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Samsung confirms Tizen-based mobes to debut this year

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Samsung says it is pressing ahead with plans to release mobile phones running the Linux-based Tizen OS, with more than one model due to arrive in 2013.

"We plan to release new, competitive Tizen devices within this year and will keep expanding the lineup depending on market conditions," the company told Bloomberg News in an emailed statement. It did not, however, give any information on when the new models would ship or what they might cost.

Samsung is currently the world's largest handset manufacturer with 29 per cent of the market, according to the latest figures from analytics firm IHS iSupply.

At present, most of the smartphones Samsung ships run Android, but rumors that the company has been looking for an alternative to Google's OS have been swirling ever since the Chocolate Factory acquired Motorola Mobility in May 2012.

Samsung does have its own, proprietary smartphone platform in the form of Bada, but handsets running that OS have not proven popular, save for in a few select markets.

The first hints that Samsung was looking to Tizen as a possible replacement for Android came in June 2012, when the mobile maker sunk $500,000 into the Linux Foundation, which oversees Tizen development. The move made Samsung a Platinum member of the Foundation and gave it a seat on its board of directors.

Then in September, hawk-eyed industry watchers spotted a document published by the Wi-Fi Alliance that seemed to indicate that a Tizen-based Samsung handset was imminent. No such device, however, ever made it to market.

Thursday's announcement marks the first time the South Korean company has made an official statement that it plans to release Tizen-based kit.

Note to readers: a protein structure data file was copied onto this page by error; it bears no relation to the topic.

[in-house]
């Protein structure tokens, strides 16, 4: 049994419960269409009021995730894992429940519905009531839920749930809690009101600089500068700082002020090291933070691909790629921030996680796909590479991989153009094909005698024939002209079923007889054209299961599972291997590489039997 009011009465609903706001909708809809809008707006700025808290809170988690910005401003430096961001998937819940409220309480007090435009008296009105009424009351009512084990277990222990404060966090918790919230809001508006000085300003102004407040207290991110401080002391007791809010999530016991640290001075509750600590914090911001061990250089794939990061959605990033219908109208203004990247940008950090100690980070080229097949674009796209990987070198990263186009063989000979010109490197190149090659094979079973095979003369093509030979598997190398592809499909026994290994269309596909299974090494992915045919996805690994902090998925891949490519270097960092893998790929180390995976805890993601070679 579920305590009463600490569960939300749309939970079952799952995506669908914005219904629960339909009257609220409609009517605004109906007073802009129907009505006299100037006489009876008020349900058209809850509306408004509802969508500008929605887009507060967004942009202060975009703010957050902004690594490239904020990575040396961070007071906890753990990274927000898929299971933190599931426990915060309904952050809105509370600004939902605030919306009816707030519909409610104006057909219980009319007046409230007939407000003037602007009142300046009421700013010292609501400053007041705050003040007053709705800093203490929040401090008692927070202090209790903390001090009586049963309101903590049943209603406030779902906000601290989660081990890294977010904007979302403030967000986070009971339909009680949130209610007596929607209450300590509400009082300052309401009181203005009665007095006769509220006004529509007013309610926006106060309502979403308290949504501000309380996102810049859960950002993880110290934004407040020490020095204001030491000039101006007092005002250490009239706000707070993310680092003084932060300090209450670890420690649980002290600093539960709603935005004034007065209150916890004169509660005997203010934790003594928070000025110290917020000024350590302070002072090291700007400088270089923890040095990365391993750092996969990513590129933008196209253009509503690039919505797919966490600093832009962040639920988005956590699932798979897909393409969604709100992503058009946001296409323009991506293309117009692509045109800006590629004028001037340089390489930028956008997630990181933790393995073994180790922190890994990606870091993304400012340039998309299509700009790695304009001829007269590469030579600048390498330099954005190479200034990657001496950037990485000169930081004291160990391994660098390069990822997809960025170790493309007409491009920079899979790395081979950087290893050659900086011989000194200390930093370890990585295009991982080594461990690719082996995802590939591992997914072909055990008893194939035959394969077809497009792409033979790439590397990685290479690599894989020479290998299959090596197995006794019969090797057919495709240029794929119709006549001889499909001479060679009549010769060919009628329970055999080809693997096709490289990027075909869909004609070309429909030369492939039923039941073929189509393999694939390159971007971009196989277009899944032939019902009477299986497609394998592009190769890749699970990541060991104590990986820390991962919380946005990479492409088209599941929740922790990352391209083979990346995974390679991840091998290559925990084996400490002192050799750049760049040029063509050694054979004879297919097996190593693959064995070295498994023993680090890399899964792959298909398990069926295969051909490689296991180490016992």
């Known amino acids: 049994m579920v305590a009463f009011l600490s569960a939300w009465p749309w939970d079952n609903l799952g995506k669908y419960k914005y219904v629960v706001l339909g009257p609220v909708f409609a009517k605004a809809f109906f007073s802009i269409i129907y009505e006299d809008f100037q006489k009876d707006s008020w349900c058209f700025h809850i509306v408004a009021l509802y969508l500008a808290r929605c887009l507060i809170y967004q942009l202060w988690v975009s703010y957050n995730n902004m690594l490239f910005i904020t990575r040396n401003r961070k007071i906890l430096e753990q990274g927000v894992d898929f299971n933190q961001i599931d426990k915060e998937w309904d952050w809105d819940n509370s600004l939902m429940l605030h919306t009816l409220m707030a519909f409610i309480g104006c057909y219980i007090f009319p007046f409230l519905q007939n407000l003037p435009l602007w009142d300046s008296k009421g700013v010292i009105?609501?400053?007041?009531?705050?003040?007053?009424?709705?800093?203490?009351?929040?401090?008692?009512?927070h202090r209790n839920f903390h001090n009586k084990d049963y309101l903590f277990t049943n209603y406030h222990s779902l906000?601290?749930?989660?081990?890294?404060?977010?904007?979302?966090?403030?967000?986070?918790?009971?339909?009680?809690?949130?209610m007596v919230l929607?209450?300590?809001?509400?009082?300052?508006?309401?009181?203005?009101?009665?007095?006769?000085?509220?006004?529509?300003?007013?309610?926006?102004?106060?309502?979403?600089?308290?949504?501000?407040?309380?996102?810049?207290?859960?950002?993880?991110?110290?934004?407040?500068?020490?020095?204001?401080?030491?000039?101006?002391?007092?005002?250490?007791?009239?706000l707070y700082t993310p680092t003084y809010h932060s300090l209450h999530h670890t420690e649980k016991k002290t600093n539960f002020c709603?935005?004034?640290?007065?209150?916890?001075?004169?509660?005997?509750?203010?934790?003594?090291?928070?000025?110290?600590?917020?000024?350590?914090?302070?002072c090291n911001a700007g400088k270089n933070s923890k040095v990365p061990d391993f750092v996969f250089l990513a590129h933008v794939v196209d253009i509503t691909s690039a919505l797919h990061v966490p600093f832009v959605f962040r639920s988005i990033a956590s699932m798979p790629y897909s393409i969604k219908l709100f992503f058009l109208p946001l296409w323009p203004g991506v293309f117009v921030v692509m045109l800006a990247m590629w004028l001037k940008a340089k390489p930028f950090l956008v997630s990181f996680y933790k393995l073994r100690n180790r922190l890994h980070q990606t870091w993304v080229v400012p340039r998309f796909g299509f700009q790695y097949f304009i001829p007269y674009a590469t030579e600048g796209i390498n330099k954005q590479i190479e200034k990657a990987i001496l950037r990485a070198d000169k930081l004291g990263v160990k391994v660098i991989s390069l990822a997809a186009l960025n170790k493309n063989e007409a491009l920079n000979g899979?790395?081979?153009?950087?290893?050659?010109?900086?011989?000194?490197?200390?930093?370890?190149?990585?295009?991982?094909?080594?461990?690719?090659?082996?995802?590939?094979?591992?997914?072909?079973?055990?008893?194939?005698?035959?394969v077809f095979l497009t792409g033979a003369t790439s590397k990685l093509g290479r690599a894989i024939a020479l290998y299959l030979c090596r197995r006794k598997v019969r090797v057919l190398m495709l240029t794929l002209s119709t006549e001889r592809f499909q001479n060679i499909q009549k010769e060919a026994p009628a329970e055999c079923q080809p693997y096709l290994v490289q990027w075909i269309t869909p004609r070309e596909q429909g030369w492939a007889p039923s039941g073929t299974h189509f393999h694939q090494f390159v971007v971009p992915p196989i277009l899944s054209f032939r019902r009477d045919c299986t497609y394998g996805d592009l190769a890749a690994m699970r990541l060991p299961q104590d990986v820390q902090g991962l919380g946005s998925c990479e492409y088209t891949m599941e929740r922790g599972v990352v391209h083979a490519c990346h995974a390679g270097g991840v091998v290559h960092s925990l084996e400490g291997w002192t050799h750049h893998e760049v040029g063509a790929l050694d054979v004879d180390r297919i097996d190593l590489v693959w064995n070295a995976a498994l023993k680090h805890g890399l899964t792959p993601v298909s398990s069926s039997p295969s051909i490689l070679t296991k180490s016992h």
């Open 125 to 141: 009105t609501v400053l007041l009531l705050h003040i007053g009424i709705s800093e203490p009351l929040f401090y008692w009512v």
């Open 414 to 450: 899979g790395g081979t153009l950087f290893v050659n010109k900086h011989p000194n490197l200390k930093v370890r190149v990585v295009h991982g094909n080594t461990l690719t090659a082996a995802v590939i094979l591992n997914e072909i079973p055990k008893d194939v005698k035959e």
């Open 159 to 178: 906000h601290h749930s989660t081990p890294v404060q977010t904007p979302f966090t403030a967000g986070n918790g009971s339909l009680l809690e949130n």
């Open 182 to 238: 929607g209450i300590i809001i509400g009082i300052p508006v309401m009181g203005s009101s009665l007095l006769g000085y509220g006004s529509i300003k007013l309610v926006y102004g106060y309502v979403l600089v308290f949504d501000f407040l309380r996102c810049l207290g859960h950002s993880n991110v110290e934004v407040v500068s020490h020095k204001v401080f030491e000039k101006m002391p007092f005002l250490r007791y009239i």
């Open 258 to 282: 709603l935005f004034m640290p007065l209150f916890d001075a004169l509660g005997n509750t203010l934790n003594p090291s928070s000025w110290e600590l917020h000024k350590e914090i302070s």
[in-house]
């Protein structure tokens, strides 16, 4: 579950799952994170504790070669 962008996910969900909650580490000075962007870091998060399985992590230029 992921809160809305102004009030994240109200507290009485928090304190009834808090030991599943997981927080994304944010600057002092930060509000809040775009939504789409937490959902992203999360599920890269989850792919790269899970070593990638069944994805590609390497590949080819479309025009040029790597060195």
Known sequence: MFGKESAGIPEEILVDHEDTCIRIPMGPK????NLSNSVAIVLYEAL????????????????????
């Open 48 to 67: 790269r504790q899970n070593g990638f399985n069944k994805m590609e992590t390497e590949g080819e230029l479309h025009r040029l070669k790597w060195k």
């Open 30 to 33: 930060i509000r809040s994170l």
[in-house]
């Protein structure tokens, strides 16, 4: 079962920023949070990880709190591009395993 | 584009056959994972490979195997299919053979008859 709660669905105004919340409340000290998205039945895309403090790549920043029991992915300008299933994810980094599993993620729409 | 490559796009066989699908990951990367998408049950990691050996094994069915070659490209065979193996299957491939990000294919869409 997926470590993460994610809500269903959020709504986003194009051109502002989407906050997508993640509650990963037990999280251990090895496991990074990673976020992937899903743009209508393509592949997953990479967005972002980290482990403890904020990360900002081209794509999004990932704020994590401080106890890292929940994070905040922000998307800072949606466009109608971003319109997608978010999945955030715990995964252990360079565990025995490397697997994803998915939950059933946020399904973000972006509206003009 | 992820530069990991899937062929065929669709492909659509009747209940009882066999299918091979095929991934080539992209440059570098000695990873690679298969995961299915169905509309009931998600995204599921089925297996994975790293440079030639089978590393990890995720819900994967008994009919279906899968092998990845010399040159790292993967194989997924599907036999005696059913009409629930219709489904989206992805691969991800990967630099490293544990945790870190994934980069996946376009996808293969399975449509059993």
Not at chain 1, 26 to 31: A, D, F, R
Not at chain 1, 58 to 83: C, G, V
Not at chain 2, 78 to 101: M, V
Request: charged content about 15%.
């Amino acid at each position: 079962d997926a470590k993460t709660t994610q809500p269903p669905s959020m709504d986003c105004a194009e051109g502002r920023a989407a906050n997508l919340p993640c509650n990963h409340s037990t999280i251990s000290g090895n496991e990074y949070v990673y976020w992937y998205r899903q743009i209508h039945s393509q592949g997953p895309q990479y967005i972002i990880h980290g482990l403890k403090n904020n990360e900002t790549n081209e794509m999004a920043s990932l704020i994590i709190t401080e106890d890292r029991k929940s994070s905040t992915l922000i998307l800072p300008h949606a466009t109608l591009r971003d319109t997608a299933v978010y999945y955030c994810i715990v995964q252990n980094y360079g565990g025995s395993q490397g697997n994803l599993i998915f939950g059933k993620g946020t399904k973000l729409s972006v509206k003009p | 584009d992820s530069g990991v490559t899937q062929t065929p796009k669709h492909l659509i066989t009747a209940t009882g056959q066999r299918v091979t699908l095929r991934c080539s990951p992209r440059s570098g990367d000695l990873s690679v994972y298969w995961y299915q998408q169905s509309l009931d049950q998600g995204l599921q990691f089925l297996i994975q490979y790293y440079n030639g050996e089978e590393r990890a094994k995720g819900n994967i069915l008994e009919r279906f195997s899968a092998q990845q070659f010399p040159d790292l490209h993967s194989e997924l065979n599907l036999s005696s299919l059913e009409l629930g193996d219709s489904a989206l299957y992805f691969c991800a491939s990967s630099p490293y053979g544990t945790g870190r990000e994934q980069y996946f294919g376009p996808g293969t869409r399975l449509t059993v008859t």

Just how dedicated Samsung is to the OS, however, or how strategic Tizen is to the company's future plans, remains unclear. Tizen is hardly the only new smartphone OS due to arrive in 2013, nor is it the only one based on Linux and open source code.

Just this week, Canonical announced that it was readying a version of Ubuntu Linux for smartphones. Meanwhile, the Mozilla Foundation is preparing to launch Firefox OS, a group of former Nokia engineers are readying a Linux derivative called Sailfish, and a few volunteers are even working to revive HP's webOS.

Given this abundance of options, about the only thing Tizen would seem to have going for it is its pedigree. It's backed by Intel and includes code derived from multiple earlier open source smartphone operating systems, including Maemo, Moblin, and MeeGo.

Still, none of those platforms was particularly successful, and Tizen appears to offer little that competing platforms don't. For example, its app development model is based on HTML5 and related web technologies – but whose isn't these days?

What's more, the last time anyone heard about any progress on Tizen development was in September, when the project's minders released the alpha version of the Tizen 2.0 source code. Alpha-quality code is generally poorly suited to shipping products, but nothing new has been announced since then.

The smartphone market is fast-moving, however, and Samsung may be hoping that by bringing Tizen-based handsets to market quickly it can give its alternative OS-of-choice a leg up over competing platforms.

If the rumors are true, Samsung may be planning to launch its first Tizen device in partnership with Japanese carrier NTT DoCoMo later this year. ®

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